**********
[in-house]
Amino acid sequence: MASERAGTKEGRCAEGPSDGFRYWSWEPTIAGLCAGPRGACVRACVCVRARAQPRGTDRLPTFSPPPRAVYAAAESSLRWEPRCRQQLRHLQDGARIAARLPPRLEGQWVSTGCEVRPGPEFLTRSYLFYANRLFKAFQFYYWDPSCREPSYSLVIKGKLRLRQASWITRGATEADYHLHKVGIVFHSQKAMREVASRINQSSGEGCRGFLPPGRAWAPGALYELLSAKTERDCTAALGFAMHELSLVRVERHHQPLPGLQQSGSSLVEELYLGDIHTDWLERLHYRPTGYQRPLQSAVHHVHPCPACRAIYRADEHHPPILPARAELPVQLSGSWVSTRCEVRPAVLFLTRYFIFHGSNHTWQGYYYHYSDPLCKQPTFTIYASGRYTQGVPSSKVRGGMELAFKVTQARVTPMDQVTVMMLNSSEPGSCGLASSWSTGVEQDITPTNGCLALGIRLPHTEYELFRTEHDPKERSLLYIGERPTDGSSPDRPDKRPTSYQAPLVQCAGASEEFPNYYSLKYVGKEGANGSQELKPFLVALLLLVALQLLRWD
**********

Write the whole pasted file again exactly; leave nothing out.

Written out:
[in-house]
Amino acid sequence: MASERAGTKEGRCAEGPSDGFRYWSWEPTIAGLCAGPRGACVRACVCVRARAQPRGTDRLPTFSPPPRAVYAAAESSLRWEPRCRQQLRHLQDGARIAARLPPRLEGQWVSTGCEVRPGPEFLTRSYLFYANRLFKAFQFYYWDPSCREPSYSLVIKGKLRLRQASWITRGATEADYHLHKVGIVFHSQKAMREVASRINQSSGEGCRGFLPPGRAWAPGALYELLSAKTERDCTAALGFAMHELSLVRVERHHQPLPGLQQSGSSLVEELYLGDIHTDWLERLHYRPTGYQRPLQSAVHHVHPCPACRAIYRADEHHPPILPARAELPVQLSGSWVSTRCEVRPAVLFLTRYFIFHGSNHTWQGYYYHYSDPLCKQPTFTIYASGRYTQGVPSSKVRGGMELAFKVTQARVTPMDQVTVMMLNSSEPGSCGLASSWSTGVEQDITPTNGCLALGIRLPHTEYELFRTEHDPKERSLLYIGERPTDGSSPDRPDKRPTSYQAPLVQCAGASEEFPNYYSLKYVGKEGANGSQELKPFLVALLLLVALQLLRWD